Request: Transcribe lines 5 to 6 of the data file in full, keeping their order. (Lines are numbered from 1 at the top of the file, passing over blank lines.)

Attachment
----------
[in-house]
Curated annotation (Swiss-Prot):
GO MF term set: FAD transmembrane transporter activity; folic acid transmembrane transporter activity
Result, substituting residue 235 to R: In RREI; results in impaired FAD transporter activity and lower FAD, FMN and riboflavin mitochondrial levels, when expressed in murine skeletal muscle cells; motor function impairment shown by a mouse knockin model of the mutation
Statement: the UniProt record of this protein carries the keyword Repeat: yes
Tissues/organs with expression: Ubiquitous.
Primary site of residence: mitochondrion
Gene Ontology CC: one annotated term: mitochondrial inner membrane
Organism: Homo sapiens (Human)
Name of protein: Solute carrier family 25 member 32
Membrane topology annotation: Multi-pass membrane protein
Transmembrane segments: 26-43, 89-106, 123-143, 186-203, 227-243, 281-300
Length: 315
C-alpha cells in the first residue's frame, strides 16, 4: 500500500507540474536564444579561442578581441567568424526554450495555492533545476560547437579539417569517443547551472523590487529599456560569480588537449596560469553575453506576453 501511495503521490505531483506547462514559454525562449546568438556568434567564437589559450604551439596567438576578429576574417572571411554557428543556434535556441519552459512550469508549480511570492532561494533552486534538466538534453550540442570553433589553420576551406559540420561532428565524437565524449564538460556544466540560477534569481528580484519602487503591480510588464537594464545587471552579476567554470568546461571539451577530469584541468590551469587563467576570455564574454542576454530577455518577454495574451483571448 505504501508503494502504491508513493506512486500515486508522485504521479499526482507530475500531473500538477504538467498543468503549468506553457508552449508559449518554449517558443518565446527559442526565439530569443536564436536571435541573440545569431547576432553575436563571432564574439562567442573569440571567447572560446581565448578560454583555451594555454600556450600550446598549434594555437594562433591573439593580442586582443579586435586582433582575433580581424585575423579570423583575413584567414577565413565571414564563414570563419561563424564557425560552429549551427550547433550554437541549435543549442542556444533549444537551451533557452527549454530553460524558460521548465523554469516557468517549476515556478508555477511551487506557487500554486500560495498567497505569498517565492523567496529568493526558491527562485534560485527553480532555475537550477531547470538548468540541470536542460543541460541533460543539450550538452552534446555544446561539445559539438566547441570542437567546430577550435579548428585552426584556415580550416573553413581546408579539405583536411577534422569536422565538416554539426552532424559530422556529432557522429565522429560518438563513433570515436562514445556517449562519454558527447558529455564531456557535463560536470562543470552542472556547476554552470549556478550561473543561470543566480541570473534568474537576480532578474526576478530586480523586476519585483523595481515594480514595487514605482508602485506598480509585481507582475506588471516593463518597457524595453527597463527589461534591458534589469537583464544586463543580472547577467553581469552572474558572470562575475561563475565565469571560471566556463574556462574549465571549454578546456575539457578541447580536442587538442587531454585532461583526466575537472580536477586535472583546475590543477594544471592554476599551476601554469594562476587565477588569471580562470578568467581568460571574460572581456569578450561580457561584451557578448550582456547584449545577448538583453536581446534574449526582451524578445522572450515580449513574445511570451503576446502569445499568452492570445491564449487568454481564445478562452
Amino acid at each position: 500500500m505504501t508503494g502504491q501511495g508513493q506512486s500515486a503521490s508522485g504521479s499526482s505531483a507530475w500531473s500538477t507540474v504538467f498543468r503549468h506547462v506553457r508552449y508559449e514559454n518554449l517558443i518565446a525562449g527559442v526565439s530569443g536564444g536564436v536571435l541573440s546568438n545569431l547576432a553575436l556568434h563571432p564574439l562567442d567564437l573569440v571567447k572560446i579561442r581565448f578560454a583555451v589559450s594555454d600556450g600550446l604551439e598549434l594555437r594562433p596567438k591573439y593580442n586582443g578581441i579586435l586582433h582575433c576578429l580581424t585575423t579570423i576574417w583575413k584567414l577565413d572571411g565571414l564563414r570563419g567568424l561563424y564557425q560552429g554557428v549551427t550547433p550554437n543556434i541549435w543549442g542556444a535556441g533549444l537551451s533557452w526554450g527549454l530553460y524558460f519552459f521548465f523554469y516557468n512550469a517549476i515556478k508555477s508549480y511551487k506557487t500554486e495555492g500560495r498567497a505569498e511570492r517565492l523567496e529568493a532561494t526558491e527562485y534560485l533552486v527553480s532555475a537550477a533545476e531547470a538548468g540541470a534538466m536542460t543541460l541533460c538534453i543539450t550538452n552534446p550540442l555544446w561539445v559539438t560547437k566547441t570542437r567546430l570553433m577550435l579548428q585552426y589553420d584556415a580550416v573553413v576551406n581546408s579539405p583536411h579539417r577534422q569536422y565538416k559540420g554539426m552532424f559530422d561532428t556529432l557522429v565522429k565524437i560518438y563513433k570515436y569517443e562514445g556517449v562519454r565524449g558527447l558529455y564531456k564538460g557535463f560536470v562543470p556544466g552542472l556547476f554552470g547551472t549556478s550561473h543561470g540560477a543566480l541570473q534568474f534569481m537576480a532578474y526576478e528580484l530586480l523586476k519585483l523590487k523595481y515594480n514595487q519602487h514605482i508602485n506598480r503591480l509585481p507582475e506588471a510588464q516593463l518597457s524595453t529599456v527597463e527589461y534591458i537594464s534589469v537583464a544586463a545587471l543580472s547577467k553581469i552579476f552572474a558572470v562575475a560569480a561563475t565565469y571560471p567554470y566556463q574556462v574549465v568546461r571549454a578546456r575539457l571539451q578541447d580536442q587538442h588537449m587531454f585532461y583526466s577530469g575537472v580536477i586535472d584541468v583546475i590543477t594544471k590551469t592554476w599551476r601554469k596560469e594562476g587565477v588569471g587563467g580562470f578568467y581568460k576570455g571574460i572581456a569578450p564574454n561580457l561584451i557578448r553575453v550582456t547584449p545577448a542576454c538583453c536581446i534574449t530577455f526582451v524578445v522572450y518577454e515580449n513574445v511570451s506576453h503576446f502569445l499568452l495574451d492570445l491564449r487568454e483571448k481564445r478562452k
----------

Statement: the UniProt record of this protein carries the keyword Repeat: yes
Tissues/organs with expression: Ubiquitous.